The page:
Autonomous driving relies on a huge volume of real-world data to be labeled to high precision. Alternative solutions seek to exploit driving simulators that can generate large amounts of labeled data with a plethora of content variations. However, the domain gap between the synthetic and real data remains, raising the following important question: What are the best ways to utilize a self-driving simulator for perception tasks? In this work, we build on top of recent advances in domain-adaptation theory, and from this perspective, propose ways to minimize the reality gap. We primarily focus on the use of labels in the synthetic domain alone. Our approach introduces both a principled way to learn neural-invariant representations and a theoretically inspired view on how to sample the data from the simulator. Our method is easy to implement in practice as it is agnostic of the network architecture and the choice of the simulator. We showcase our approach on the bird's-eye-view vehicle segmentation task with multi-sensor data (cameras, lidar) using an open-source simulator (CARLA), and evaluate the entire framework on a real-world dataset (nuScenes). Last but not least, we show what types of variations (e.g. weather conditions, number of assets, map design, and color diversity) matter to perception networks when trained with driving simulators, and which ones can be compensated for with our domain adaptation technique.
David Acuna*, Jonah Philion*, Sanja Fidler
(* Equal contribution)
Towards Optimal Strategies for Training
Self-Driving Perception Models in Simulation
Our synthetic data generation strategy aims to minimize the distance between the labels marginal (P(y)) while at the same time encouraging for diversity in the generated data. Importantly, if labels in the target domain are not available, we cannot measure the divergence between the labels marginals between the generated and the real world data. That said, given the bird‘s-eye view segmentation map, it is not hard for a human to design spatial priors representing locations with high probability of finding a vehicle. As visualized in the figure, we design a simple prior that samples locations for non-player characters (NPCs) proportional to the longitudinal distance of the vehicle to the ego car.
Our training strategy extends f-DAL (the training algorithm from ) to dense prediction tasks, with the aim to learn domain-invariant representations and minimize the divergence between virtual and real world in a latent space Z. Minimizing the divergence in a representation space allows domain adaptation algorithms to be sensor and architecture agnostic. We additionally take inspiration from  and incorporate the use of pseudolabels into the f-DAL framework. We emphasize that our data-generation strategy is what enables us to effectively learn invariant representations using the adversarial framework (why? check out the paper!)
What matters to the self-driving simulator with and without our domain adaptation techinque?
Camera Realism. We measure the extent to which it is important for images to be photorealistic by toggling CARLA's camera postprocessing (see "RGB Camera" here). Without any adaptation, the Lift Splat model is unable to generalize to the real world. Adaptation compensates for the loss in photorealism to a large degree.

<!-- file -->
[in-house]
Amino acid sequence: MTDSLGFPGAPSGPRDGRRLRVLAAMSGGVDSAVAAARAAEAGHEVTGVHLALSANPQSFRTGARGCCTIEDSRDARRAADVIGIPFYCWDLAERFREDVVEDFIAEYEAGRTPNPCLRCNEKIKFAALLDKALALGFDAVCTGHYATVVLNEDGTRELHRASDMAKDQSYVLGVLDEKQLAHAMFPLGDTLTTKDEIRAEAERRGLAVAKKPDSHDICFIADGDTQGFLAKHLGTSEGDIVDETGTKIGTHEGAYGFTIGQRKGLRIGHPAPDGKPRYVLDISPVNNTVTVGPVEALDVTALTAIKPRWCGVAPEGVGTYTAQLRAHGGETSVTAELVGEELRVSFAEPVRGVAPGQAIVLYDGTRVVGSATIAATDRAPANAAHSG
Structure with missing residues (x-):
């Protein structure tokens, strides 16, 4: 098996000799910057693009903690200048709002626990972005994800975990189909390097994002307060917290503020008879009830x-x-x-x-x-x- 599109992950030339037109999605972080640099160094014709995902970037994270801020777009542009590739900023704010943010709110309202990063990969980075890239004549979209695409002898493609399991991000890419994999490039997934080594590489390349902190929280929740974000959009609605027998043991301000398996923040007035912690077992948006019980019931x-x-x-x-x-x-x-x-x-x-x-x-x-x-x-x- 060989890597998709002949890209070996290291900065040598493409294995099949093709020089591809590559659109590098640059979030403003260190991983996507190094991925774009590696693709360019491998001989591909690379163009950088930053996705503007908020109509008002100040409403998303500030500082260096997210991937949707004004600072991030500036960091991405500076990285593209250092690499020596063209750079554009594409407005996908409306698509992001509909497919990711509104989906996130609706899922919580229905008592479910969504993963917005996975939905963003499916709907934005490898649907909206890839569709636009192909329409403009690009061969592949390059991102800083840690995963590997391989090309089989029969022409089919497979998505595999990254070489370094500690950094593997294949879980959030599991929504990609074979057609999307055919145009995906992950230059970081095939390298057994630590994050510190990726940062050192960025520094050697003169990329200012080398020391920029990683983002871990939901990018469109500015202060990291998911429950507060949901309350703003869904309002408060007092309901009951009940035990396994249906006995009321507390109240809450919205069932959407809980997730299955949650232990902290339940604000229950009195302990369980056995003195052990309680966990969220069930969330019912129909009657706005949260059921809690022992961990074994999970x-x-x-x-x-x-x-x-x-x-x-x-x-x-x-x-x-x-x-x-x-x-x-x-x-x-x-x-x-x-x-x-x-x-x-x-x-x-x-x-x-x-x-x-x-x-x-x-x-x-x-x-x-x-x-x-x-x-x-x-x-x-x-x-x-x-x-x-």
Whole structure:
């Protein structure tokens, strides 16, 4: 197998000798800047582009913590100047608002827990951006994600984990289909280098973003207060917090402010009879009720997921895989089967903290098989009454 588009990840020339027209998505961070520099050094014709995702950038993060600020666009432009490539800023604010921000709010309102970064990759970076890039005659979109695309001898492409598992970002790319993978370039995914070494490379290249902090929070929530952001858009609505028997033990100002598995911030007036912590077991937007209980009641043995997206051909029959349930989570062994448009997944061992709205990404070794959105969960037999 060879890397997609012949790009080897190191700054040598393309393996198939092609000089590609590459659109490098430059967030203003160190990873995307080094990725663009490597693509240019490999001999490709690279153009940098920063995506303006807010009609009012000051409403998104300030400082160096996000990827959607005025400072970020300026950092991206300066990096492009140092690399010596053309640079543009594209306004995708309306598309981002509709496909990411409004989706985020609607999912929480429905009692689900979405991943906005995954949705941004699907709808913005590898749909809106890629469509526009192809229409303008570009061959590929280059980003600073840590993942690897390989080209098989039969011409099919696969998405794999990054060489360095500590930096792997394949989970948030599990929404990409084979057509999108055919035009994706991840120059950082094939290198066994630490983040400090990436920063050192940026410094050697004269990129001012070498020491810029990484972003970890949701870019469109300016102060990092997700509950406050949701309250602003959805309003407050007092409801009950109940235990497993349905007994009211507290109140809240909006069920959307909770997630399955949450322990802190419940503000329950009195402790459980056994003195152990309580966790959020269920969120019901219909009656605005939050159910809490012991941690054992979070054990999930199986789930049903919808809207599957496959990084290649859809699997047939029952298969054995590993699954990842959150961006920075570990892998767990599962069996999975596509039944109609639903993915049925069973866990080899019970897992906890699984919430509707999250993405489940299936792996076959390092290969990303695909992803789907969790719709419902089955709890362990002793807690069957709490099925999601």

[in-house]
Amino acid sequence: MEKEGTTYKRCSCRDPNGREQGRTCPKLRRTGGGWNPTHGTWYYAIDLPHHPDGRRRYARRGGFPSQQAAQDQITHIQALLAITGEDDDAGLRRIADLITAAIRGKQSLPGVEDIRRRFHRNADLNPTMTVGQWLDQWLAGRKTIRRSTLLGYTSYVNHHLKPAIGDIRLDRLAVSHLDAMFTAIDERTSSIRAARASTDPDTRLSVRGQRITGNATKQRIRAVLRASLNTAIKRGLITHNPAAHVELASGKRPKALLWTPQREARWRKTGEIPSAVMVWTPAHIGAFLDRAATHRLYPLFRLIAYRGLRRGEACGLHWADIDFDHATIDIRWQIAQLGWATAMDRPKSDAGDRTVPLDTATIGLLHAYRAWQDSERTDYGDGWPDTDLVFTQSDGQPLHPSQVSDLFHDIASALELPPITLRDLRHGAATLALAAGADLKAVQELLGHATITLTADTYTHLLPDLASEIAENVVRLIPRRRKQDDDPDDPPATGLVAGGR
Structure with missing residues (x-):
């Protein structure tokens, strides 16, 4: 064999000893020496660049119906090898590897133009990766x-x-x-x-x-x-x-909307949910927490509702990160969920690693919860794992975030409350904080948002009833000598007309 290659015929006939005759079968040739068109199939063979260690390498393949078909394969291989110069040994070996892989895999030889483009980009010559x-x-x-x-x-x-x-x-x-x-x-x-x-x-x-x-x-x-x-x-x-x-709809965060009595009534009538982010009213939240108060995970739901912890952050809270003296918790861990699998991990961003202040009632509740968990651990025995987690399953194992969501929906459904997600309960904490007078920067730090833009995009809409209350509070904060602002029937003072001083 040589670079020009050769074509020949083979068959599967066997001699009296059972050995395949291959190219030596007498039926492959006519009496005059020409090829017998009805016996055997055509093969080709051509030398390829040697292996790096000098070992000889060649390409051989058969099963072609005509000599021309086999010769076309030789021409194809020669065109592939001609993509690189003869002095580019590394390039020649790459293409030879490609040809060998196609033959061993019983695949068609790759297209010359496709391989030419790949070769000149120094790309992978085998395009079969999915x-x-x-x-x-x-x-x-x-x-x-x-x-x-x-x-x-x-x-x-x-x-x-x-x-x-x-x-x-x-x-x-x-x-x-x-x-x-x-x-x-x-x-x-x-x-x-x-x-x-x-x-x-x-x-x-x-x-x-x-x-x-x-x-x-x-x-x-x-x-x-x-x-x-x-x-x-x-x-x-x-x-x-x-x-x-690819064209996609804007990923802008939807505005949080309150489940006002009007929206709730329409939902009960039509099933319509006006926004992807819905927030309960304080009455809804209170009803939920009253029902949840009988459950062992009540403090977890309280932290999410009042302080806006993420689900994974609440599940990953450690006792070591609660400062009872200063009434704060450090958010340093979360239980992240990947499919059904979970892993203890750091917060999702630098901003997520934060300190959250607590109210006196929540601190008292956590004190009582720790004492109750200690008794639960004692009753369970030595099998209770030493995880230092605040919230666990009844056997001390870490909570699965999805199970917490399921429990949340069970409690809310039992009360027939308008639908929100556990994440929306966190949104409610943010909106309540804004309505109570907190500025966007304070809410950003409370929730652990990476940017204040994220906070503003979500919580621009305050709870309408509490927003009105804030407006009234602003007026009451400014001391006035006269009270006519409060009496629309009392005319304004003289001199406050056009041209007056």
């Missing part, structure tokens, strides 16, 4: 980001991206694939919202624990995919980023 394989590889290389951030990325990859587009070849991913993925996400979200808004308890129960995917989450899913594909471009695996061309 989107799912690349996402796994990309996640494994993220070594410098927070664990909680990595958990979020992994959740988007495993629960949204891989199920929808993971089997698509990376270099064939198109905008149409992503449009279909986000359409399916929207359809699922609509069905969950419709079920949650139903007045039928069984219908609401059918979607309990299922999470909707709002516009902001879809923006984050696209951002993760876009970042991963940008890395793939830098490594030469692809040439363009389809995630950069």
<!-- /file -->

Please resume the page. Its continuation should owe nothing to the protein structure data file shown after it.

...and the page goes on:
Vehicles Per Episode / Car Color Variation. An intuitive goal for self-driving simulators has been to improve the quantity and quality of vehicle assets. We show that performance is sensitive to the number of vehicle assets used in the simulator and the number of NPCs sampled per episode (a dataset with 1 vehicle sampled per episode is visualized in the video), but is not so sensitive to the variance in the colors chosen for the NPCs (a dataset where vehicle colors are sampled uniformly is visualized below).
Vehicle Assets. We vary the number of vehicle assets used when sampling CARLA data. Lift-Splat-Adapt (ours) is able to compensate for performance when very few assets are used. The video shown below shows a dataset where only 1 vehicle asset is used.
Weather. nuScenes contains sunny, rainy, and nighttime scenes. We test the extent to which it’s important for CARLA data to also have variance in weather. CARLA has 15 different "standard" weather settings as well as controls for cloudiness, precipitation, precipitation deposits (e.g. puddles), wind intensity, wetness, fog density, and sun altitude angle (which controls nighttime vs. daytime on a sliding scale). We randomly sample these controls and compare performance against sampling categorically from the 15 preset weather settings. We also compare against exclusively using the "sunny" weather setting (shown in the video). We find that our method is able to compensate for much of the loss in weather diversity and using only the sunny weather setting on data where NPCs are sampled according to the prior achieves higher performance than any amount ofweather diversity with NPCs sampled according to the town.
Camera Extrinsics and Intrinsics. Instead of sampling camera extrinsics and intrinsics that exactly correspond to extrinsics and intrinsics from nuScenes, we sample yaw (left) and field of view (middle) from nuScenes with some variance. Transfer performance is largely unaffected by adjusting the distribution of intrinsics and extrinsics. Note that generalization across extrinsics and intrinsics is somewhat expected given the design of the Lift Splat Shoot architecture.